A: I’m looking for him to be level headed, passionate, confident and strong. He doesn’t need to attack Trump because that doesn’t look good. He needs to stick to his issues and try to stick to how he can help the US. Stooping down to Trumps arrogant, self-absorbed ways will not help him in the election process it will only bring him down to his level and hurt him in the long run. I’m not sure how he can stay composed against Trump because that’s a hard thing to do, but I’m hoping he will put his mind over matter and realize that his composure is key in matters like this. Whether he keeps his composure through this race will show if he can handle being the president.

Q: Lastly, what would you tell any undecided republican voters that Cruz is the way to go?

A: I would tell them that he has history in politics unlike Trump and while that is appealing to some people, you don’t want a doctor without any medical history or a CEO without any business experience. I would point out that he’s a fellow Texas, he sticks to the constitution, and a lot of the reasons I listed in the 3rd question!

March for Free Education

Hello everyone!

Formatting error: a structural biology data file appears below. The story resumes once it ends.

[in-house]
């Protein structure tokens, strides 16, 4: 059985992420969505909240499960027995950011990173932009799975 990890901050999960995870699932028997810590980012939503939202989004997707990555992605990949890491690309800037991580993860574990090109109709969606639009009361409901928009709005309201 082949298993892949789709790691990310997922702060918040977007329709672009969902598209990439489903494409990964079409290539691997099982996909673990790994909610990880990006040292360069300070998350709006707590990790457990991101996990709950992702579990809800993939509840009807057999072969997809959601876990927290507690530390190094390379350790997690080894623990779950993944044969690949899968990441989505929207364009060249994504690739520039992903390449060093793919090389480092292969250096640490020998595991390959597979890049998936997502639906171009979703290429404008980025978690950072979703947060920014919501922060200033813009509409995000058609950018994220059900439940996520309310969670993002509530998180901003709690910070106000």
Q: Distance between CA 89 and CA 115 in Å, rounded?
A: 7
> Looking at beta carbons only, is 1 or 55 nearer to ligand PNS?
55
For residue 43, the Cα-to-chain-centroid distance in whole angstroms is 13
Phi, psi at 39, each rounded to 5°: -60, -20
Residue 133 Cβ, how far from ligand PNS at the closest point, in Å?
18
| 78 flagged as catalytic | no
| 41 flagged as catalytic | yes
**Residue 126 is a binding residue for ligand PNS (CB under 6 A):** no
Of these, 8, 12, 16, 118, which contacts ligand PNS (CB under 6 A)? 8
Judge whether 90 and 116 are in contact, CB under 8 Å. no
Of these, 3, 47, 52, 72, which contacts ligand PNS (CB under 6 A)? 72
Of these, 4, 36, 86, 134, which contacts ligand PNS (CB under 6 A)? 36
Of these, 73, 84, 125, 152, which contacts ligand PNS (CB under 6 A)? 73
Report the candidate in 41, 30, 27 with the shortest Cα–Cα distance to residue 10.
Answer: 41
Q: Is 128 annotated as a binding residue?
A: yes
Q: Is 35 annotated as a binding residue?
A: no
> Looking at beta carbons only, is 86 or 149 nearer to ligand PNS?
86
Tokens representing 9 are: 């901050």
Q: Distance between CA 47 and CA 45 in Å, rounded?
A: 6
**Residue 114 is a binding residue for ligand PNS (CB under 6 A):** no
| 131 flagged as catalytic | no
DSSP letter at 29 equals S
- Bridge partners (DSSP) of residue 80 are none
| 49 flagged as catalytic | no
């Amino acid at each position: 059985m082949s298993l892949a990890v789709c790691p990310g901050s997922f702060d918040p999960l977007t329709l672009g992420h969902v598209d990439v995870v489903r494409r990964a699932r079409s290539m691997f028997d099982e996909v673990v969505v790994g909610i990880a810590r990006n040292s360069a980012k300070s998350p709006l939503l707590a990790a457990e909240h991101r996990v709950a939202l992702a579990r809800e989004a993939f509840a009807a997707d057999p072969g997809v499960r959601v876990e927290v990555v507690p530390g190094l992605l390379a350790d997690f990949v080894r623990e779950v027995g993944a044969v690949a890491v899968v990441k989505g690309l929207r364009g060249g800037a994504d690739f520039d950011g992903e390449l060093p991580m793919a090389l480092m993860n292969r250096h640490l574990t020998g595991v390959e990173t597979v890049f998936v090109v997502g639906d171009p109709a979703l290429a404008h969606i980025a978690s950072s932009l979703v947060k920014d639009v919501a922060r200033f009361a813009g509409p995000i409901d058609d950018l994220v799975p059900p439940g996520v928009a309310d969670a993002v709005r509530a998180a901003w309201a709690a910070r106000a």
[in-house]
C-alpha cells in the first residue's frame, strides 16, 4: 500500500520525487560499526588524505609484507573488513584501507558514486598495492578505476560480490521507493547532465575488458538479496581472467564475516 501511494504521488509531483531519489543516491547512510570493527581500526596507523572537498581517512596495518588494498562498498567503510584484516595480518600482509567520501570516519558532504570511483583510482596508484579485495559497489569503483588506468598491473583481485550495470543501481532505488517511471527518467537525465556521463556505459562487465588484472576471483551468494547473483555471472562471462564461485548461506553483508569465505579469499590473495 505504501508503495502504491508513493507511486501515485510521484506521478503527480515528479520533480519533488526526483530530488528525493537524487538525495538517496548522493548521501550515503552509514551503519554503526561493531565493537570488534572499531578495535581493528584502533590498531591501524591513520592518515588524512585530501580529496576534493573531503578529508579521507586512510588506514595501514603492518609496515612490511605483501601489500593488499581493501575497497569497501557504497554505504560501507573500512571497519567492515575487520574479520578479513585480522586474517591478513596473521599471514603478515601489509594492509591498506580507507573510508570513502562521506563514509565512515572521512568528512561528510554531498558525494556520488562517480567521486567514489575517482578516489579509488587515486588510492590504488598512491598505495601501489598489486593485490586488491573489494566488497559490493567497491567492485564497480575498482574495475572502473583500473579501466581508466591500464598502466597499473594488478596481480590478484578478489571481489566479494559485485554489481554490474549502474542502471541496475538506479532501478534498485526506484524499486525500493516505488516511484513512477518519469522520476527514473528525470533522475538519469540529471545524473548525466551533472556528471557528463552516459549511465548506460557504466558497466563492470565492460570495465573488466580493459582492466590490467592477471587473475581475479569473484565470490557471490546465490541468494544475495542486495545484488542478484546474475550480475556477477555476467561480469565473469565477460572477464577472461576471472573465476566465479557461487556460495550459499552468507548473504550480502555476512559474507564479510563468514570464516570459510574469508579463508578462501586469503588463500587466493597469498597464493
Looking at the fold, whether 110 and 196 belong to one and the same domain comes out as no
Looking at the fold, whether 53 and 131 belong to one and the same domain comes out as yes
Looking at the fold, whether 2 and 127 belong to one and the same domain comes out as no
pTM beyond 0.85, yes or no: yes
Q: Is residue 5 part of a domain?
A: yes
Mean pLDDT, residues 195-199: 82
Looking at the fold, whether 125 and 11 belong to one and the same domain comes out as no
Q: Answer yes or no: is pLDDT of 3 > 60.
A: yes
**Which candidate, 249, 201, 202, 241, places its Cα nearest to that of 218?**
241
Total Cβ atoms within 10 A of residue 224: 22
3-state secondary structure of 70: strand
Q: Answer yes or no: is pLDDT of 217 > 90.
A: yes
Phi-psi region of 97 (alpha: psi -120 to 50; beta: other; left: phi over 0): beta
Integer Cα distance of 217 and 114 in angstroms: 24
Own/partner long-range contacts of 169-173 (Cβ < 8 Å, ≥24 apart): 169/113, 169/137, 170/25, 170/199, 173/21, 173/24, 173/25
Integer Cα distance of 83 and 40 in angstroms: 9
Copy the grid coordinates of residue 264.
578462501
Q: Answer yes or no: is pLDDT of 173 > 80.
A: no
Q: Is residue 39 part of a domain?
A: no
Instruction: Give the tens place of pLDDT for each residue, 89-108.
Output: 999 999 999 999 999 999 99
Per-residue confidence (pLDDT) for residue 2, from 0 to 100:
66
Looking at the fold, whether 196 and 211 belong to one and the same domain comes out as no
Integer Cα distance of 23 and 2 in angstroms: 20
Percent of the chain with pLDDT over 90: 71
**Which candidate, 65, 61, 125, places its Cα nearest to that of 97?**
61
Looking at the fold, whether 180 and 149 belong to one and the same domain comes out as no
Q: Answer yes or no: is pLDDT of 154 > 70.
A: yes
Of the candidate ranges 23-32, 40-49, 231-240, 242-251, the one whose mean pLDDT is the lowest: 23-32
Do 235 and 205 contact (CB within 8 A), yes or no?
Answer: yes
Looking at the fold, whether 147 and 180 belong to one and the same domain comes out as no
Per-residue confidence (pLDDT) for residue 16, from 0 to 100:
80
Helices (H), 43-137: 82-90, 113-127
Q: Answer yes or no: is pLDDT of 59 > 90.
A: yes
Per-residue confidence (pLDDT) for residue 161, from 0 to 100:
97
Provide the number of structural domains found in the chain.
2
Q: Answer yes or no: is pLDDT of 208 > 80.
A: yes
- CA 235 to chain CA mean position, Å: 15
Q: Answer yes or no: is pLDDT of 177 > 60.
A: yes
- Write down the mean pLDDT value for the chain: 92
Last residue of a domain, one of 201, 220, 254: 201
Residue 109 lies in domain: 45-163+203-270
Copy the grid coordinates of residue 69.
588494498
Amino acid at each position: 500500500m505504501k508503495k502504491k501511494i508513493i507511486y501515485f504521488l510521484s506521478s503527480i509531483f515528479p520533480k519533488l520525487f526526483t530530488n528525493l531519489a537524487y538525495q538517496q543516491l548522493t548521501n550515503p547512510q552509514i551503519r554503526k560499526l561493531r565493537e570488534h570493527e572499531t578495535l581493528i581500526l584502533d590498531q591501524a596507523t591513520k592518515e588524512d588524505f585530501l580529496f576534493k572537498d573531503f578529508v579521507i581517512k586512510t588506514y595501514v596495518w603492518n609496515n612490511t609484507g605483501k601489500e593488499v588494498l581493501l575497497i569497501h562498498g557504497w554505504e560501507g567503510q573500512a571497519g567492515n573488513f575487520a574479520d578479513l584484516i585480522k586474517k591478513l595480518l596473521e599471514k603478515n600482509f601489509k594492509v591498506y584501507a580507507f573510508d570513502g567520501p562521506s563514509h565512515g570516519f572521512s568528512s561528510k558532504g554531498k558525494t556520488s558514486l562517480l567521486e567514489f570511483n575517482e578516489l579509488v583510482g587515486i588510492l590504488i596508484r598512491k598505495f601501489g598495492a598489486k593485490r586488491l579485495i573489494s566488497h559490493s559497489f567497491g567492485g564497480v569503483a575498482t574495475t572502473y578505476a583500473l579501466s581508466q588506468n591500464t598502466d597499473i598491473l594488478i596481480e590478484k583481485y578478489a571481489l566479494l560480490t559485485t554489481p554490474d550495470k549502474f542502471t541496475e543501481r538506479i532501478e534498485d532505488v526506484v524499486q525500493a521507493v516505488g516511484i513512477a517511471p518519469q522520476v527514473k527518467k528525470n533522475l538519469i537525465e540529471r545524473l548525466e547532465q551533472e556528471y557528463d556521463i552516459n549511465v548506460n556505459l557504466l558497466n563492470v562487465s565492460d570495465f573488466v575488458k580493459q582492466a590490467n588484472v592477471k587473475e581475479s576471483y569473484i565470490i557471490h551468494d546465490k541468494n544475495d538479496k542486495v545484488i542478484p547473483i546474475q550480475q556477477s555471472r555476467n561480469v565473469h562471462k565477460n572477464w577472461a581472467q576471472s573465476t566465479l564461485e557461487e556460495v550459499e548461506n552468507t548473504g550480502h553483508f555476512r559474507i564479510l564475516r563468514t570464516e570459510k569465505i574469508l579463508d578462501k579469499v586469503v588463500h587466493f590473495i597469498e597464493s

I know I haven’t posted in a while, but being a college student in  April is probably one of the most stressful times of my life. My blog has been written with no restrictions since I started, but, my professor wants us to make a post using only pictures to convey a story to my audience. Since I’m writing a political blog, this is a little harder to do, but hopefully you enjoy what I came up with.

Two days ago, on April 13, 2016, a group of students held a march for free education here at Texas State. This is a perfect example of a peaceful protest used to get ones message across to the masses. I had a lot of fun hearing what these people had to say and witnessing first hand how these demonstrations happen. Hope you all enjoy the pictures! God bless, and see you soon.


Students started their protest at the Vaquero statue on campus, in front of Old Main. 
One protestor takes a jab at Texas State’s President Denise Trauth about the student debt crisis.
As protestors rally, Texas State’s very own “Donald Trump” dances and waves his sign in an attempt to bring attention to the organized protest. 
As children visiting the university pass by, “Donald Trump” tells them to “keep capitalism alive,” and “think before you come to college.” 
The march finally begins, taking a path down towards the Texas State quad. 
As the journey through the quad continues, protestors shout, “College is for education, not for private corporations.” 
“Show me what Democracy looks like? This is what Democracy looks like.” 
The protest makes its way past the quad and into the Alkek Library before taking a close. Student chant “Banks got bailed out, students got sold out.” 

So there it is everyone. Like I said, I had a great time covering this and I got to hear a lot of interesting ideas from students. I hope the pictures truly represent exactly what can, and does happen on a college campus very frequently.